Currently, studies on adherence to inhaled medications report average adherence over time. This measure does not account for variations in the interval between doses, nor for errors in inhaler use.Objectives:
To investigate whether adherence calculated as a single area under the (concentration-time) curve (AUC) measure, incorporating the interval between doses and inhaler technique, was more reflective of patient outcomes than were current methods of assessing adherence.Methods:
We attached a digital audio device (INhaler Compliance Assessment) to a dry powder inhaler. This recorded when the inhaler was used, and analysis of the audio data indicated if the inhaler had been used correctly. These aspects of inhaler use were combined to calculate adherence over time, as an AUC measure. Over a 3-month period, a cohort of patients with asthma was studied. Adherence to a twice-daily inhaler preventer therapy using this device and clinical measures were assessed.Measurements and Main Results:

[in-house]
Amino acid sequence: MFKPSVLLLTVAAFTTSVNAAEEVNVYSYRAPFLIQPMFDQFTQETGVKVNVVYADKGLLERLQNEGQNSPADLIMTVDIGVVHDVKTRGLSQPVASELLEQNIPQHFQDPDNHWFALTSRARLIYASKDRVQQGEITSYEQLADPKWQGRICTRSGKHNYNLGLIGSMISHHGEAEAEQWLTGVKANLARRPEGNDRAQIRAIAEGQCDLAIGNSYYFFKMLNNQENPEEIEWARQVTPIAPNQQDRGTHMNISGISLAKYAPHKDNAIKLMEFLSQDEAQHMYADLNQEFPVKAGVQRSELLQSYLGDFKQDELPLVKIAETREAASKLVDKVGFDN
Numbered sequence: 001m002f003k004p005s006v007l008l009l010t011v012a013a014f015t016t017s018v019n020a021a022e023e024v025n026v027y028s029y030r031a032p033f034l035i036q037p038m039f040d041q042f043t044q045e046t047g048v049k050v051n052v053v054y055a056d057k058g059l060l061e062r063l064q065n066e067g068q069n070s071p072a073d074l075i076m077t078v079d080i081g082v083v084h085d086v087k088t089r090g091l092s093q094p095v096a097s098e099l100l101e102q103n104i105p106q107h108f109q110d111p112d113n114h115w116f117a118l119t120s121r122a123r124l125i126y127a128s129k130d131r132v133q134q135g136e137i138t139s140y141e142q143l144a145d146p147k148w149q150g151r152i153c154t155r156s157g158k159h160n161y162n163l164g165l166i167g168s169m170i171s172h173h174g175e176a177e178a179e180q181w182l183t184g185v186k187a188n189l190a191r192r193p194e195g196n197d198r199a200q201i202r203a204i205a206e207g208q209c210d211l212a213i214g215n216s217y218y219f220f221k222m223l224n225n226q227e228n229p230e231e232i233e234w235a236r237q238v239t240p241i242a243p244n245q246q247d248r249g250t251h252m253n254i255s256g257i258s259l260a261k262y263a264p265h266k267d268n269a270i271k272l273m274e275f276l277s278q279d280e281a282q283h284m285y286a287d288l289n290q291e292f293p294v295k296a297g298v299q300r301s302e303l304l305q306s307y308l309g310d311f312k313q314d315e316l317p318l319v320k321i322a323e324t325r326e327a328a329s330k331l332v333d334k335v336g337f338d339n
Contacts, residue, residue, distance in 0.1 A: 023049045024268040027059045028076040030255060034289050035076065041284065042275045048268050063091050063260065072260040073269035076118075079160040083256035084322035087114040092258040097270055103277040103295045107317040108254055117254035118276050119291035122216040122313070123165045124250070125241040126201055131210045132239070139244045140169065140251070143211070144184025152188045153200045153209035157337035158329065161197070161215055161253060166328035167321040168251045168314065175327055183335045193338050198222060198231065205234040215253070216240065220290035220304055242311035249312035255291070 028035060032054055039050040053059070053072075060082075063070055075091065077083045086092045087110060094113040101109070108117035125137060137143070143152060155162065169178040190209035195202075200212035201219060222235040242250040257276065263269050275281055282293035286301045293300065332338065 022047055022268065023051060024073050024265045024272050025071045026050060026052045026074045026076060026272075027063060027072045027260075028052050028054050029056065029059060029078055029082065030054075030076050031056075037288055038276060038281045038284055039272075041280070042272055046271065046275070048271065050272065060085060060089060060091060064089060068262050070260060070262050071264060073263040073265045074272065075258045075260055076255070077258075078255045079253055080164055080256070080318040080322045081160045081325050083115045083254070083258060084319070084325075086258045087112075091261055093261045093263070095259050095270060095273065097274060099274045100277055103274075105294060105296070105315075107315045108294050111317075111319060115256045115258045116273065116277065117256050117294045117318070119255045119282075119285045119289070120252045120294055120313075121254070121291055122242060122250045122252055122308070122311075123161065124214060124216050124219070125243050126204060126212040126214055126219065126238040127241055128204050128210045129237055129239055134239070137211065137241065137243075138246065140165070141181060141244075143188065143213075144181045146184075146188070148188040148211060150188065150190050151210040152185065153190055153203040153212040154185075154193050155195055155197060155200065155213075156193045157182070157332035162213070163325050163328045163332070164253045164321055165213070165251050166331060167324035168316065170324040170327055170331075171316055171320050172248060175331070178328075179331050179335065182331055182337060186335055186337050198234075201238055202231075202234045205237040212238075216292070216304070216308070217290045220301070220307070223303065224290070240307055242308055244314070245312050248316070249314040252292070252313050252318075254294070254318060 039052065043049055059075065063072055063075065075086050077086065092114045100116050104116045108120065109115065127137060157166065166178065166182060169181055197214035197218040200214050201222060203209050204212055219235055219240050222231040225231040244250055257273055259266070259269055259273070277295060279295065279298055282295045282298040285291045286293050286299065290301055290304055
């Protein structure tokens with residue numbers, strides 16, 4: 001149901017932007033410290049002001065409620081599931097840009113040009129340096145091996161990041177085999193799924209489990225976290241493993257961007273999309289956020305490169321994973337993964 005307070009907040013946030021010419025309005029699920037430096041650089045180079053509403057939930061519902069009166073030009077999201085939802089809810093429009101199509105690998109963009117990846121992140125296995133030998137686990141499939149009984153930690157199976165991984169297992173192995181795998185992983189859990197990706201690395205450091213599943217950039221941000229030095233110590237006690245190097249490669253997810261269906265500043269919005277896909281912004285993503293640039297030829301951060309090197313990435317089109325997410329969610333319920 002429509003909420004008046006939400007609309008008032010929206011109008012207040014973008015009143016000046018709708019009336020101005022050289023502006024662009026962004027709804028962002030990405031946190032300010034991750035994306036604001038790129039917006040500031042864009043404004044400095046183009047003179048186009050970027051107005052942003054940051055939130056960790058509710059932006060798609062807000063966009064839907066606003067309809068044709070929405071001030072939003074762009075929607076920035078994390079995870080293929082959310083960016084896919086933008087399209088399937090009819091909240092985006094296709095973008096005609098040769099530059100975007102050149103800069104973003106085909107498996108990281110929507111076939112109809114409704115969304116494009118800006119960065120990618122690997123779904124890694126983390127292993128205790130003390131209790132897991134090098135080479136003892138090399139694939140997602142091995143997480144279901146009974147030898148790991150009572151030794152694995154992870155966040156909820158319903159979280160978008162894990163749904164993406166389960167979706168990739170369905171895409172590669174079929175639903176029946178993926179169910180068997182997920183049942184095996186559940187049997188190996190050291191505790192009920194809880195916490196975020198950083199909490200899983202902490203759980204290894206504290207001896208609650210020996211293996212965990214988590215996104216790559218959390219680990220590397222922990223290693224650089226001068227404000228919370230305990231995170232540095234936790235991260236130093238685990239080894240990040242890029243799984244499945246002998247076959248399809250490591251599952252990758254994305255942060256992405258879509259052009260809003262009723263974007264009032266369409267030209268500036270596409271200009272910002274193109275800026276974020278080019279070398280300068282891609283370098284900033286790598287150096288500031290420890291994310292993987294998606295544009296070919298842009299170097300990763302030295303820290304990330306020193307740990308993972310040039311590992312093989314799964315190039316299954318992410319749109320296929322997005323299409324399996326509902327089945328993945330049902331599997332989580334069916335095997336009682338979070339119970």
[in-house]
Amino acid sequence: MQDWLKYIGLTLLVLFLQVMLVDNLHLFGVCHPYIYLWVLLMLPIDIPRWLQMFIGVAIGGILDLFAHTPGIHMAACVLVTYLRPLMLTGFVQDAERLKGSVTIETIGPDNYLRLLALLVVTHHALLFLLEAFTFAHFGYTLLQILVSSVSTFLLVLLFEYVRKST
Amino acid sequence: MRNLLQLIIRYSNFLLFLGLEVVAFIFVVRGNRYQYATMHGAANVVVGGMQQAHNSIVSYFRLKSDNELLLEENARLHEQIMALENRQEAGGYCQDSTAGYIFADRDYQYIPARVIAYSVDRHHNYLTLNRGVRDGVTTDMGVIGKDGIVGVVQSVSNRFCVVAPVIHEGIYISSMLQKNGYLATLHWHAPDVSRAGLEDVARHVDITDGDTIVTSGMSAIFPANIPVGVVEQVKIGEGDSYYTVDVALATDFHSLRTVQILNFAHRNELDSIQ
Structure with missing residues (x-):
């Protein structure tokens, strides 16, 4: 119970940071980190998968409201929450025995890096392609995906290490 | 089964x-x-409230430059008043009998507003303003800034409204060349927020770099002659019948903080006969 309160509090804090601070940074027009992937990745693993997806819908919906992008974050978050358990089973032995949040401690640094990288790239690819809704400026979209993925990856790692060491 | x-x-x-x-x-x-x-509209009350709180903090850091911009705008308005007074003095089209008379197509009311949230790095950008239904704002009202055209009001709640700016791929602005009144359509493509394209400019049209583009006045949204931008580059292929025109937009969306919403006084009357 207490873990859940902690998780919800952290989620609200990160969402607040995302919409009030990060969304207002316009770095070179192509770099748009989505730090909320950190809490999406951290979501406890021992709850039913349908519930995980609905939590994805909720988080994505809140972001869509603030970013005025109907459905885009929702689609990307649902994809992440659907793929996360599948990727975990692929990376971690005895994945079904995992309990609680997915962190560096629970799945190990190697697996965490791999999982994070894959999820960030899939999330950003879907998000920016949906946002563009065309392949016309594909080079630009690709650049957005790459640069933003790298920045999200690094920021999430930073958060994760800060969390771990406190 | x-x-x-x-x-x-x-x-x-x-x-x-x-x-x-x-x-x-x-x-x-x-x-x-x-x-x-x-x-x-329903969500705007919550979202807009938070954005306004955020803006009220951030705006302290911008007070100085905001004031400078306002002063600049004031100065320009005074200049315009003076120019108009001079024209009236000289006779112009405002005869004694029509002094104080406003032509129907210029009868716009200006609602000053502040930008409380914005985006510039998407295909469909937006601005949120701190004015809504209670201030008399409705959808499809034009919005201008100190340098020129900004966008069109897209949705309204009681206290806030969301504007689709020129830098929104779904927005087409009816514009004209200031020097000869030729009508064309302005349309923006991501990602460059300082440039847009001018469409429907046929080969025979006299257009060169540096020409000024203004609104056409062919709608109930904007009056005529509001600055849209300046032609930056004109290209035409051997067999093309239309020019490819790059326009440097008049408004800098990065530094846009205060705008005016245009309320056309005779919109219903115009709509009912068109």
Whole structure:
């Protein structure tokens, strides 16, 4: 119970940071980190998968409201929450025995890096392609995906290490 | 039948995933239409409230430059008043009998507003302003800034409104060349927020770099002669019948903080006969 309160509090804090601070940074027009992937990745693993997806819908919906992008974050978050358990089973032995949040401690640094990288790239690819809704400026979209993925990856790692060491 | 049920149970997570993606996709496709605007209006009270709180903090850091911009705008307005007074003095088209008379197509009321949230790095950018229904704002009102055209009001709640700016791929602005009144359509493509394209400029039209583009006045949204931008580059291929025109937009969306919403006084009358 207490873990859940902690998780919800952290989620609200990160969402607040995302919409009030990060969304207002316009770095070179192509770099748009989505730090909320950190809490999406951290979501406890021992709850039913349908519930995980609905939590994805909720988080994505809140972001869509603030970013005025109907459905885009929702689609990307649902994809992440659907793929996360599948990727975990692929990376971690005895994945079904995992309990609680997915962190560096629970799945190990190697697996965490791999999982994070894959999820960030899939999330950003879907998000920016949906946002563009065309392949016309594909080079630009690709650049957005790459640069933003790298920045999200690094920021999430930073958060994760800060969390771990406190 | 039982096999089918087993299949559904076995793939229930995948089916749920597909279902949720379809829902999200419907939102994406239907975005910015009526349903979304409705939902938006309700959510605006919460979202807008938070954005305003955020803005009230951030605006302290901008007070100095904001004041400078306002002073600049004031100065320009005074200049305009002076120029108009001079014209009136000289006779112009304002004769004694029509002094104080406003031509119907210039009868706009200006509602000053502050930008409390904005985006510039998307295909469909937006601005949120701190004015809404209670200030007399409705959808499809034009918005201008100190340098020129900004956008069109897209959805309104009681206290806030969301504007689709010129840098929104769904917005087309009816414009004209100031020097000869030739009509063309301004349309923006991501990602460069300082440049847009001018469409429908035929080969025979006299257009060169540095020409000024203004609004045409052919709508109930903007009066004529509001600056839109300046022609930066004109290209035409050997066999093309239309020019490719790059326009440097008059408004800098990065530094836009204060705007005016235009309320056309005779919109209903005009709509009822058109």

Recordings from 239 patients with severe asthma were analyzed. Average adherence that was based on the dose counter was 84.4%, whereas the ratio of expected to observed accumulated AUC, actual adherence, was 61.8% (P < 0.01). Of all the adherence measures, only adherence calculated as AUC reflected changes in asthma quality of life, β-agonist reliever use, and peak expiratory flow over the 3 months (P < 0.05 compared with other measures of adherence).Conclusions:
Adherence that incorporates the interval between doses and inhaler technique, and calculated as AUC, is more reflective of changes in quality of life and lung function than are the currently used measures of adherence.Conclusions:
Clinical trial registered with www.clinicaltrials.gov (NCT 01529697).